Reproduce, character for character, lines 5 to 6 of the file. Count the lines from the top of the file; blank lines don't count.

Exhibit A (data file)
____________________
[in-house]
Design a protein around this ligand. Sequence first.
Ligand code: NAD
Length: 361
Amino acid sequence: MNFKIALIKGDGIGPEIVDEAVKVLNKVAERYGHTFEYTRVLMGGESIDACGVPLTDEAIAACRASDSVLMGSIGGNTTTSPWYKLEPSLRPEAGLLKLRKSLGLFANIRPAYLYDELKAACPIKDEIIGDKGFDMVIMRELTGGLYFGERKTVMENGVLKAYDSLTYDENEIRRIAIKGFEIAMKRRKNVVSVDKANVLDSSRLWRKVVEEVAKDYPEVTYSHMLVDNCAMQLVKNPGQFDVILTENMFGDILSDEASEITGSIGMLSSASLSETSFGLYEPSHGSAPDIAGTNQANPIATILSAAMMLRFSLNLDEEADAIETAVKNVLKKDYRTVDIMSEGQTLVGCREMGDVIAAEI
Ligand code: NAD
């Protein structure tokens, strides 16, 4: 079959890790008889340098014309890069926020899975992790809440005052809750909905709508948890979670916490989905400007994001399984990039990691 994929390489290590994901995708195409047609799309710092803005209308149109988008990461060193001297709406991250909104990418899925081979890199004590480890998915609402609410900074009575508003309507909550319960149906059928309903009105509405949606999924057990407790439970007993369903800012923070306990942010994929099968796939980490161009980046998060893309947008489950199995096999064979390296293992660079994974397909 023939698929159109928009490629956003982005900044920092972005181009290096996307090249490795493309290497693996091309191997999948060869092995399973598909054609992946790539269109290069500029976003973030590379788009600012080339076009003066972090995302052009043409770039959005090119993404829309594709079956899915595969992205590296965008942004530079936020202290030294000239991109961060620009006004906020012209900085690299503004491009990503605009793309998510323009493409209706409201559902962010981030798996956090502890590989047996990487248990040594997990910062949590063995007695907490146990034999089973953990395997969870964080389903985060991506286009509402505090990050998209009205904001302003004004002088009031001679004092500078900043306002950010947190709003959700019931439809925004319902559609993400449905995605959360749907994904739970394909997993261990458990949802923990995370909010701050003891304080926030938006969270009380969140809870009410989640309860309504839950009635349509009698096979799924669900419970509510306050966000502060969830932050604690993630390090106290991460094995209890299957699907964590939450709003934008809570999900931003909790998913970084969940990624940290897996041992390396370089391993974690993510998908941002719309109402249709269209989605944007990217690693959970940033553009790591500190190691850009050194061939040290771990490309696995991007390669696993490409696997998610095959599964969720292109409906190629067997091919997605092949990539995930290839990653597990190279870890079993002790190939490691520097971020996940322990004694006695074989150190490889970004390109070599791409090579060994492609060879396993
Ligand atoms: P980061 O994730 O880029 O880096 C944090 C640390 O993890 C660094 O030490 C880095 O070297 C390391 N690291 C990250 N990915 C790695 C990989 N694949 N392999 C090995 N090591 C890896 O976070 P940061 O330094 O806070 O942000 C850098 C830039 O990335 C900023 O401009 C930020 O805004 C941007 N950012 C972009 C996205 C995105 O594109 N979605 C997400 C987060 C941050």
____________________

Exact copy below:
Amino acid sequence: MNFKIALIKGDGIGPEIVDEAVKVLNKVAERYGHTFEYTRVLMGGESIDACGVPLTDEAIAACRASDSVLMGSIGGNTTTSPWYKLEPSLRPEAGLLKLRKSLGLFANIRPAYLYDELKAACPIKDEIIGDKGFDMVIMRELTGGLYFGERKTVMENGVLKAYDSLTYDENEIRRIAIKGFEIAMKRRKNVVSVDKANVLDSSRLWRKVVEEVAKDYPEVTYSHMLVDNCAMQLVKNPGQFDVILTENMFGDILSDEASEITGSIGMLSSASLSETSFGLYEPSHGSAPDIAGTNQANPIATILSAAMMLRFSLNLDEEADAIETAVKNVLKKDYRTVDIMSEGQTLVGCREMGDVIAAEI
Ligand code: NAD